These signs probably did have meanings for the people who made and owned the pots and jugs and axe-heads — clan markers, or tokens, or something of that sort — but we can’t reconstitute them. Insofar as they can’t be shown to represent words in a language, they are not actual writing.
A few years ago, a few other translators and I were talking with employees of a Chinese publishing house who said that they had some books that they wanted to translate into English — things that they said would show foreigners the real China. There was a brief and intense period of excitement, until the publishers said that these were coffee-table books about Peking Opera masks and different varieties of tea. Ever since then, I’ve used “Peking Opera masks” as mental shorthand for the Chinese habit of attempting to interest the world in aspects of itself that most Chinese people don’t give two-tenths of a rat’s ass about. (This same thing affects Chinese-language instruction, but I’ll save that rant for another post.) Even just a couple of years ago, almost all officially backed Chinese cultural offerings were of this sort — books about tea and opera masks, yes, or Foreign Languages Press translations by non-native English speakers, or poorly subtitled documentaries about the Potato Festival in some godforsaken corner of the Shandong peninsula. (“Since late Ming dynasty, the town of Pirang is acclaimed as ‘hometown of potato!’”)
What we’re seeing now is something different — a willingness, even an eagerness, to promote authors whose work presents a more complicated China than the one on the front page of the China Daily.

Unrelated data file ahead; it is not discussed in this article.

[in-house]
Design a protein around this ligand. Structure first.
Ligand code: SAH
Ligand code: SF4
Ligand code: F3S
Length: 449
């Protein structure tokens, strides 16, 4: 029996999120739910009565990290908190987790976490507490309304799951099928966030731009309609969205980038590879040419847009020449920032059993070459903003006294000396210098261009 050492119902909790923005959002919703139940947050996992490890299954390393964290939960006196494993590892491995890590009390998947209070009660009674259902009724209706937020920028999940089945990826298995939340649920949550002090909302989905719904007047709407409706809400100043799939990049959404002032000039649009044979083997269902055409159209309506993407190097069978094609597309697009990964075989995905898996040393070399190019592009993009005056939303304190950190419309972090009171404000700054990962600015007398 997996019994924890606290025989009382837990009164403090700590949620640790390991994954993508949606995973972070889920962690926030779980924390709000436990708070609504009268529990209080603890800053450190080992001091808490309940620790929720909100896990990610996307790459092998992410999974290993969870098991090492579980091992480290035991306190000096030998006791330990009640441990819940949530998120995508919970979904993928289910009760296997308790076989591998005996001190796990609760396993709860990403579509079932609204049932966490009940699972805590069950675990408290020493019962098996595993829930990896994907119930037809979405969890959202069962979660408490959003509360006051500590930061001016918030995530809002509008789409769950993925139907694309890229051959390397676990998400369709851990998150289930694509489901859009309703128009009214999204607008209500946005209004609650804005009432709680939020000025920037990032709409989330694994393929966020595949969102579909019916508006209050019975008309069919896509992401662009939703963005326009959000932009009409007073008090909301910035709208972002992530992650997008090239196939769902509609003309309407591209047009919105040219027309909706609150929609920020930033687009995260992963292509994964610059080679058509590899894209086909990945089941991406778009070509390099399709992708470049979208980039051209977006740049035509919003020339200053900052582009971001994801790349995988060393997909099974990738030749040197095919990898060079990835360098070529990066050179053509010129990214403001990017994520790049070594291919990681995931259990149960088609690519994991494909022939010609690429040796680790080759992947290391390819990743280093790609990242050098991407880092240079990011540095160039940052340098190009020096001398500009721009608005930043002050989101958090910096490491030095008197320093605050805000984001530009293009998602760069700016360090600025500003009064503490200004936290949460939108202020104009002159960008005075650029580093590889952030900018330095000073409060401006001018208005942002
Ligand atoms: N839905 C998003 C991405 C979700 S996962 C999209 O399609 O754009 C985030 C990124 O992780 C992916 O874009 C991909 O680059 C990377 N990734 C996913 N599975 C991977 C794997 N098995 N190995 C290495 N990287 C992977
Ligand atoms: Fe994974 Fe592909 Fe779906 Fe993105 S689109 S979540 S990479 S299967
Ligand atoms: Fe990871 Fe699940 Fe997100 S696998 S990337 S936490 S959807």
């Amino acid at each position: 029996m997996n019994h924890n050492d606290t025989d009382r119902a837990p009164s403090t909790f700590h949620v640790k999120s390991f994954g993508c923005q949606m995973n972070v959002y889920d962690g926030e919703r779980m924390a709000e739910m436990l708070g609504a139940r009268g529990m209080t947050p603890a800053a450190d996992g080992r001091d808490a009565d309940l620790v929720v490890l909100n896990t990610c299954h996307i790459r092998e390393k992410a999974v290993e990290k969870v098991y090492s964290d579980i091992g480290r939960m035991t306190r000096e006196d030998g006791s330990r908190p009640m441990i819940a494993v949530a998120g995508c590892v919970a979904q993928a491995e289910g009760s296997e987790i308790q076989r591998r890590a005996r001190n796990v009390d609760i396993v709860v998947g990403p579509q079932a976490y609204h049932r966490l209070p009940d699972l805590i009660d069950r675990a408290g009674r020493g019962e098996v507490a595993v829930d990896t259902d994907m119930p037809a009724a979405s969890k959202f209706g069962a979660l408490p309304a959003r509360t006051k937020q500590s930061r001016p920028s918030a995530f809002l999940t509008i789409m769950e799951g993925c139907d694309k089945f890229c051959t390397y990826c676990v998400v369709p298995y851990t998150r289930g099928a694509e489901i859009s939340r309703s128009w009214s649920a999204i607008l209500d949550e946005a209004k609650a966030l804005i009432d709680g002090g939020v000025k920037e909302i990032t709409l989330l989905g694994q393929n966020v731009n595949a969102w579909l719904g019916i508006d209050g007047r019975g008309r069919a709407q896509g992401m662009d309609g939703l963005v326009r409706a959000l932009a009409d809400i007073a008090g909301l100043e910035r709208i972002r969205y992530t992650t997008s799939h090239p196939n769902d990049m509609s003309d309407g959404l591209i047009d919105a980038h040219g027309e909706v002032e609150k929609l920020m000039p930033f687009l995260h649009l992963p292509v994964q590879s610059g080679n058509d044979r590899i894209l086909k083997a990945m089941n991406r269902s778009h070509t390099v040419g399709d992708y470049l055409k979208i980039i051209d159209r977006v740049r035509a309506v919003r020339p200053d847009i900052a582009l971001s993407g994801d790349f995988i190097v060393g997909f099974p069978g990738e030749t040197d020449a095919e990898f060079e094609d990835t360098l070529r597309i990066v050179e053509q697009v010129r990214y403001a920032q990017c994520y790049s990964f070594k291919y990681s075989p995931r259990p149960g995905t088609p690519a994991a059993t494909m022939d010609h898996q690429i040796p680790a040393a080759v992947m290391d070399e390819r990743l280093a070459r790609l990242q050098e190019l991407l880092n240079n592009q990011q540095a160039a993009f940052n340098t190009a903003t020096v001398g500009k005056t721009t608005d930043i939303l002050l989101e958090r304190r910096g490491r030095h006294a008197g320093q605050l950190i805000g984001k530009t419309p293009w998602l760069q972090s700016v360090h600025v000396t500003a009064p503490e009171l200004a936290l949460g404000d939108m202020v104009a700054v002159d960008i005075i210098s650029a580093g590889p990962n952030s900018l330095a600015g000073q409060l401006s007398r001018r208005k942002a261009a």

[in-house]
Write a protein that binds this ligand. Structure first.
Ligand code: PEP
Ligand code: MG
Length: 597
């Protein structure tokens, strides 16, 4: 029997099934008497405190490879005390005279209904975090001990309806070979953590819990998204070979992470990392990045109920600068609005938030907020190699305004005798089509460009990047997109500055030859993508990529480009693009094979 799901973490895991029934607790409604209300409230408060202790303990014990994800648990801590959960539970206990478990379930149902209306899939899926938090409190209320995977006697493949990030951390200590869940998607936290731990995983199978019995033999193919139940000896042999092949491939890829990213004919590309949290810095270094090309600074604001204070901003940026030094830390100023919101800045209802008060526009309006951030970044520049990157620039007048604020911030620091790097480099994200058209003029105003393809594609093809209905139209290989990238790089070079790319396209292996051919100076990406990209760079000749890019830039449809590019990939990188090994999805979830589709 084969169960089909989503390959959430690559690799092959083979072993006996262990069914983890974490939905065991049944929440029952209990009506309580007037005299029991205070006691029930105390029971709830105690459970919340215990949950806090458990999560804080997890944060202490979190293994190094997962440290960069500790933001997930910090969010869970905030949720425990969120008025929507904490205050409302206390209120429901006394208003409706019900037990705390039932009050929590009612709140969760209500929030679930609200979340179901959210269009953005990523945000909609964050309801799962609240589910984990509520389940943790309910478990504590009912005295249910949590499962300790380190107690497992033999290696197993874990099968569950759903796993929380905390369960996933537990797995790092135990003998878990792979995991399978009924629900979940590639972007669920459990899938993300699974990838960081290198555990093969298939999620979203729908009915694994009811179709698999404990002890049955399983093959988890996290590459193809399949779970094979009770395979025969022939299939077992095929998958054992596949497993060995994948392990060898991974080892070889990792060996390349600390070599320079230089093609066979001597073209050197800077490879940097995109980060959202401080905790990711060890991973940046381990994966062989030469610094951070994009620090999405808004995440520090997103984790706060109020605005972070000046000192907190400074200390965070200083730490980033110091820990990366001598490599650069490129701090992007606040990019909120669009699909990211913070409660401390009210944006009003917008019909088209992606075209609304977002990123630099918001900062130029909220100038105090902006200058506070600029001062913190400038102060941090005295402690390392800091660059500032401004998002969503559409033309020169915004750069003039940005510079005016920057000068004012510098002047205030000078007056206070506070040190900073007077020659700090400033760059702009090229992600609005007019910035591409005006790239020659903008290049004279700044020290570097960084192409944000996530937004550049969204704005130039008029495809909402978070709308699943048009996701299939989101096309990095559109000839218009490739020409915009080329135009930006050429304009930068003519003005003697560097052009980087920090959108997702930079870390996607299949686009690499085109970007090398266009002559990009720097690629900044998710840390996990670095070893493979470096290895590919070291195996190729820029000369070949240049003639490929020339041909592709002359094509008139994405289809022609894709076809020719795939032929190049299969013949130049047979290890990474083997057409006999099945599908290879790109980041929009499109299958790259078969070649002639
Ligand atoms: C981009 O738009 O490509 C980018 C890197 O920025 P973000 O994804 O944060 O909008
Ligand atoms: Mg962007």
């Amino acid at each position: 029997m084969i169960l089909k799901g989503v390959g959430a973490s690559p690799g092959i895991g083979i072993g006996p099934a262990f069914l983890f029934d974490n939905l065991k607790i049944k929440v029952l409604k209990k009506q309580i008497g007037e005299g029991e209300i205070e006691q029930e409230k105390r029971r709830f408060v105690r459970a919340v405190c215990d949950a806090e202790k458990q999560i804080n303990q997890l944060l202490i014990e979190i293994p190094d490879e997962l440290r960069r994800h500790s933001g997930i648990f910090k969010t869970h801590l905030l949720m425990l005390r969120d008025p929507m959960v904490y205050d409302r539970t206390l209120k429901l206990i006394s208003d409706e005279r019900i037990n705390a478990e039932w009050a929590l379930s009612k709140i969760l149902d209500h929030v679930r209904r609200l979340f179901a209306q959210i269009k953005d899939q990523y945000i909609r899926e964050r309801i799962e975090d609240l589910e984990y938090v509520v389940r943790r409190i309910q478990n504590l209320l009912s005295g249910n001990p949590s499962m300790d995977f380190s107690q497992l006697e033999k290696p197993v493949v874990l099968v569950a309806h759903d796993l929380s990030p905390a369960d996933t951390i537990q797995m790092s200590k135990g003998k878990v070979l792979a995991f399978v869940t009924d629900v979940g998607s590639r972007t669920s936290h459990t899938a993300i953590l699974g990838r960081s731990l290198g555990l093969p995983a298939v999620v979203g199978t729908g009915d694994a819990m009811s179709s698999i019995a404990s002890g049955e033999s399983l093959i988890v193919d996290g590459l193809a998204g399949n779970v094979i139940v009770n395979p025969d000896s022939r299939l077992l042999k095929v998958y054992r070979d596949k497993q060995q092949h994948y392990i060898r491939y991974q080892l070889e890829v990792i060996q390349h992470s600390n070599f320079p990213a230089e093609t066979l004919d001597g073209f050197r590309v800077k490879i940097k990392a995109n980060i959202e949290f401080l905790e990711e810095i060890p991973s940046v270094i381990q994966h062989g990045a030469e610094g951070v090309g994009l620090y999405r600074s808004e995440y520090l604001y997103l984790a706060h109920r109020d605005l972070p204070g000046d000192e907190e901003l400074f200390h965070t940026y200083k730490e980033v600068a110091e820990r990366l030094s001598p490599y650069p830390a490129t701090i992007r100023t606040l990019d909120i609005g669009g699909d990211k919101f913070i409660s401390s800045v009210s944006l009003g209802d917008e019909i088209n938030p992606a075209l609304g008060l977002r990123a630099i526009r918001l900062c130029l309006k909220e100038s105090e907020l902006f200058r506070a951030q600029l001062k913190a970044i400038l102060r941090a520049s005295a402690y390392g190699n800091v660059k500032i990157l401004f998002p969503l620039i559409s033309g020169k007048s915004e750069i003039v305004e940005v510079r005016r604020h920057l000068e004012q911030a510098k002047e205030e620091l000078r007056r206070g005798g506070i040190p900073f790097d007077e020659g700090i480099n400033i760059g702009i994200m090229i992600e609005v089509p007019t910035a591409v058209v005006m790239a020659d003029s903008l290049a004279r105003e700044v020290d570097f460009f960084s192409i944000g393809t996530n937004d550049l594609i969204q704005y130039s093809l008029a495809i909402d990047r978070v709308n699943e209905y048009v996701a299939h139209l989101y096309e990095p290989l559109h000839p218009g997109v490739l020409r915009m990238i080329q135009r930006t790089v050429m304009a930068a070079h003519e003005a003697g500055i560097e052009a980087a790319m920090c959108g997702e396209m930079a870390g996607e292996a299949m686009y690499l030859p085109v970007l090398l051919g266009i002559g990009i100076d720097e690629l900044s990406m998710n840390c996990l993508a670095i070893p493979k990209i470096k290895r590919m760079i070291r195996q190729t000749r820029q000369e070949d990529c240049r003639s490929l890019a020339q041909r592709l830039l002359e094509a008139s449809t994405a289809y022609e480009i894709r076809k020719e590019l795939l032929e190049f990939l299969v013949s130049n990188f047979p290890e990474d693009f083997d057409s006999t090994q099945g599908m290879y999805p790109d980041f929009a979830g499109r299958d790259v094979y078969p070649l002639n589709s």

So about a month ago, Jeremiah sent around an e-mail to a few China bloggers pointing out that our individual blogs were gathering dust faster than Jiang Zemin’s corpse. I am paraphrasing here, but let’s run with the image for a bit:
In the same way that massive intracardiac injections of adrenaline and periodic applications of lightning have failed to reanimate Mr. Jiang for any serious length of time (and let’s not even get started on what happens to him in direct sunlight), my occasional feelings of guilt at neglecting this space have not actually turned it back into a functioning blog. Like the entity known in life as Jiang Zemin, it jerks to life every now and then, generally around major anniversaries or media events, then recedes back into the darkness whence it came. It is also, frankly, starting to smell pretty ripe.
At any rate, Jeremiah proposed that we start a new group blog, partly to exert positive peer pressure on one another, and partly as a way of moving conversations that we were already having from Twitter to a space that afforded more room to blather. That space is Rectified.name, and the blather has already begun: see Jeremiah’s introductory post, Zheng-ing the Ming, for an explanation of the blog. We’ve got a pretty awesome group of writers on the blog — me, Jeremiah, Will “Imagethief” Moss, Dave “sGoneChina” Lyons, and the lovely and talented YJ — and things are off to a good start. My first post is “Thar Be Dragons,” a sincere and earnest call for a better grade of bullshit about China.